Ghislaine Maxwell, the Jeffrey Epstein associate who is charged with conspiring to recruit and sexually abuse minors with Epstein, tried to “evade detection” by wrapping her cellphone in tin foil, federal prosecutors said in a Monday court filing.
The tin-foiled phone was discovered on a desk by FBI agents on July 2, when Maxwell was arrested at her New Hampshire home, according to the filing. “As the agents conducted a security sweep of the house, they also noticed a cellphone wrapped in tin foil on top of a desk, a seemingly misguided effort to evade detection, not by the press or public, which of course would have no ability to trace her phone or intercept her communications, but by law enforcement,” the prosecutors wrote.
Prosecutors also said that as the FBI agents approached her front door and announced themselves, the agents saw Maxwell through a window “ignore the direction to open the door and, instead, try to flee to another room in the house, quickly shutting a door behind her.”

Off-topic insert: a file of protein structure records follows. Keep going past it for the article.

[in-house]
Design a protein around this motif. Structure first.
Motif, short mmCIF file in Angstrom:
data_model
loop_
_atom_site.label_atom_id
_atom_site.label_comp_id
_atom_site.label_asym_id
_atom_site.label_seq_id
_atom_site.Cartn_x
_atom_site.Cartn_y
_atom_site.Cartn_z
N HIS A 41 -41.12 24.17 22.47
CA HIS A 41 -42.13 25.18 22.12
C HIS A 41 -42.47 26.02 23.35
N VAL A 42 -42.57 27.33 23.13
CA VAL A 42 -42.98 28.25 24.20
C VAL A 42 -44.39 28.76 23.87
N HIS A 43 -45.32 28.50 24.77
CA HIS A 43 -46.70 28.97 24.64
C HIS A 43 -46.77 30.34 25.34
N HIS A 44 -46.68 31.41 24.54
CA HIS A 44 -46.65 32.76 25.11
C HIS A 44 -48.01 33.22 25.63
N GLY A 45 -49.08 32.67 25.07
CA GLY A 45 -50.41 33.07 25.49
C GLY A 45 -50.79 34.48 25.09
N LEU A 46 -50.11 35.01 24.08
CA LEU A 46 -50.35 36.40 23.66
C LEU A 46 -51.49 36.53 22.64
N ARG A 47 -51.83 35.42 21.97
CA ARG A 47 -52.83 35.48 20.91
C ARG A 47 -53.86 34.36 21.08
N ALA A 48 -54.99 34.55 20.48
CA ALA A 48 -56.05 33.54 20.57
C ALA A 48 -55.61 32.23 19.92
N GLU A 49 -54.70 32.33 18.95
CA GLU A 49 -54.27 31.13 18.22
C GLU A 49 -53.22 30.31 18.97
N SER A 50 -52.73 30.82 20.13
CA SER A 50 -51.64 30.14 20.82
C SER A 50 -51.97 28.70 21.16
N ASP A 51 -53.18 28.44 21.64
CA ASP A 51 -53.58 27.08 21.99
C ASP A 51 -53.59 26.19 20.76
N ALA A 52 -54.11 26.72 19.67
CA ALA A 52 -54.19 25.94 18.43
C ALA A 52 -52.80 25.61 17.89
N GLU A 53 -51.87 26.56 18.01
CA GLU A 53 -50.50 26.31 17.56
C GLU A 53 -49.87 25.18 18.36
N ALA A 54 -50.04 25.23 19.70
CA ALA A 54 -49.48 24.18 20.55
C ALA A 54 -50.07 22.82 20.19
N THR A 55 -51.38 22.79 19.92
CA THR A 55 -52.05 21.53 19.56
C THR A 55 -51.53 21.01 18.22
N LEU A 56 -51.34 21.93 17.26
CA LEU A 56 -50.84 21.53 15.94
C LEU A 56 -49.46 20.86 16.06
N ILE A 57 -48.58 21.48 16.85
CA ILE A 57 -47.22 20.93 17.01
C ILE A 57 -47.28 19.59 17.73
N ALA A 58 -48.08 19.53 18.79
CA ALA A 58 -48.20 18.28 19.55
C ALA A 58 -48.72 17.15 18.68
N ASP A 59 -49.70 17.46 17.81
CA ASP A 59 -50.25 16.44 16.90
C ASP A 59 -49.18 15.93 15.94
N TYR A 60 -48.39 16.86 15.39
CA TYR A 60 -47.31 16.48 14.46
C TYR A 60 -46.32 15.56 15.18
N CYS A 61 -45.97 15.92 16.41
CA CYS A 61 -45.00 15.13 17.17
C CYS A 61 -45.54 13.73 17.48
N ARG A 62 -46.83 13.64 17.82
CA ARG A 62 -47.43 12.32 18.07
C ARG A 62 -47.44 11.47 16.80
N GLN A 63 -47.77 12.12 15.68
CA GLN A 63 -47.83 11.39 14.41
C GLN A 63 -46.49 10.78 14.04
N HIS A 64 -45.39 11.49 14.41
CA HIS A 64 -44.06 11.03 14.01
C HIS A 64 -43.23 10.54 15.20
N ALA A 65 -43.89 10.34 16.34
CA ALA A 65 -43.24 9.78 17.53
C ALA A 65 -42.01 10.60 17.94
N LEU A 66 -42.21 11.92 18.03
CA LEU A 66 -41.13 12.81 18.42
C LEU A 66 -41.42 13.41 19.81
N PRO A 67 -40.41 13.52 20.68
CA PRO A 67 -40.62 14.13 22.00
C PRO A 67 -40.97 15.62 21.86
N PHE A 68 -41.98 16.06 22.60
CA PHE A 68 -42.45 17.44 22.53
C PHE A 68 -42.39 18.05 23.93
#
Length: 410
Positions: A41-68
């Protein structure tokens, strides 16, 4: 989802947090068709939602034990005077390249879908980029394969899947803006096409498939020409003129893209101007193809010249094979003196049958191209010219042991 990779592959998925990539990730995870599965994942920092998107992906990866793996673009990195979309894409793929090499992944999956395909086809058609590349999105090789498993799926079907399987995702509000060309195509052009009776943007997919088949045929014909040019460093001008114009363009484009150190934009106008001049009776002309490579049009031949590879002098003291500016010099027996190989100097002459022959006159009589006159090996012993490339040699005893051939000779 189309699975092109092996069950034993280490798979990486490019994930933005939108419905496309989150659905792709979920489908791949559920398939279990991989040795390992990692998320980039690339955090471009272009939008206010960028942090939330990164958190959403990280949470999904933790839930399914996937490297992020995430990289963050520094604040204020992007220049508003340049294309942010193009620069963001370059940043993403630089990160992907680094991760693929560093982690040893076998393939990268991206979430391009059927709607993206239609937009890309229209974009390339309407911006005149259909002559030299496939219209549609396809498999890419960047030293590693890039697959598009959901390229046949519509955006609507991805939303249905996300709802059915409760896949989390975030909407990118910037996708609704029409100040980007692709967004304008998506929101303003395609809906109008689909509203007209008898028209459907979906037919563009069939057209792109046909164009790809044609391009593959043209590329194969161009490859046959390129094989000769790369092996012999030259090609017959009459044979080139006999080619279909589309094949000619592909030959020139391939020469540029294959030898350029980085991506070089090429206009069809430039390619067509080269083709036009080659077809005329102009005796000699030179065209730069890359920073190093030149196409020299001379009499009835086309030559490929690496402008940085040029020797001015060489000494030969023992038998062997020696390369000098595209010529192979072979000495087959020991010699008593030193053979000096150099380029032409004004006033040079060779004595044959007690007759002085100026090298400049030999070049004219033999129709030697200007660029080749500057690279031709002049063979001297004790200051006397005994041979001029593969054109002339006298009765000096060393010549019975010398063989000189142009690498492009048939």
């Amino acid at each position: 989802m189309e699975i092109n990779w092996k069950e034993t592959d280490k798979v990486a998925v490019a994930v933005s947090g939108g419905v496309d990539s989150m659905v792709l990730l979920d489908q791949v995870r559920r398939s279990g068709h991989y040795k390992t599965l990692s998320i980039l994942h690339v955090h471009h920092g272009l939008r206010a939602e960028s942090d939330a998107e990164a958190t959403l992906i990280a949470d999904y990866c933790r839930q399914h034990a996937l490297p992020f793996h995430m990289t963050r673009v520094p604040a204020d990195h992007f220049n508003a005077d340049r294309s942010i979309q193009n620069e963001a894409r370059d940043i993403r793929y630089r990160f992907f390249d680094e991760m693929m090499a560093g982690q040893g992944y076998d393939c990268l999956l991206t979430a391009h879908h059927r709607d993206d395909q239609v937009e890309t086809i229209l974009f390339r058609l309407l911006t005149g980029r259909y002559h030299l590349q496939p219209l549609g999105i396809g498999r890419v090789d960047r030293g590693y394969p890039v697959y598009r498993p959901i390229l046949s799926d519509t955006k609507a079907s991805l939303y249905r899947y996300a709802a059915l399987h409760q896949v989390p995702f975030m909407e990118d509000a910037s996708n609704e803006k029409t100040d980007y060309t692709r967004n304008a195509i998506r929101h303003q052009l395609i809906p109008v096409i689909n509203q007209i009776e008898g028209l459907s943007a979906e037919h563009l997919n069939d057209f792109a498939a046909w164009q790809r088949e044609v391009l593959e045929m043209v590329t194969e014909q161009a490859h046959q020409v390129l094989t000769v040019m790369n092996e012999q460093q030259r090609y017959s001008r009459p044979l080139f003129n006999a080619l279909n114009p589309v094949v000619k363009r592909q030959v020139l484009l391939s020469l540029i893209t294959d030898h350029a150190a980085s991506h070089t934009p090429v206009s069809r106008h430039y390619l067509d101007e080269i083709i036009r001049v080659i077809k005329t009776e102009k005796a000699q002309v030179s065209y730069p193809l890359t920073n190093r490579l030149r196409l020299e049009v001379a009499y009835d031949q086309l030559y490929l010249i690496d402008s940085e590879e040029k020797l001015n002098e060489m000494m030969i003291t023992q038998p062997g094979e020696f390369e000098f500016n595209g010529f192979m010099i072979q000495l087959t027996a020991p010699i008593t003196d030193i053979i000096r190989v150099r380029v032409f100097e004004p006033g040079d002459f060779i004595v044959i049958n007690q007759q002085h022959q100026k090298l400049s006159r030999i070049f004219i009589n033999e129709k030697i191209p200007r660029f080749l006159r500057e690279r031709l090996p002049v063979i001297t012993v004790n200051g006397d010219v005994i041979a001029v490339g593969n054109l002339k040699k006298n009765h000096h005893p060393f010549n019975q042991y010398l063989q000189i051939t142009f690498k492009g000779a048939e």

The accounts of Maxwell’s arrest come as part of the government’s argument that Maxwell should not be granted her request to be released on bail because she “poses a clear risk of flight, and no conditions of bail could reasonably assure her continued appearance in this case.” And though the prosecutors acknowledged the relevance of the COVID-19 pandemic in her request for bail, they said Maxwell has not given a “reason why she should be treated any differently from the many defendants who are currently detained at the Metropolitan Detention Center (“MDC”) pending trial.”
“This defendant should not be granted the special treatment she requests,” the prosecutors wrote.
Maxwell’s arraignment is scheduled for Tuesday. If convicted of the charges, she faces up to 35 years in prison.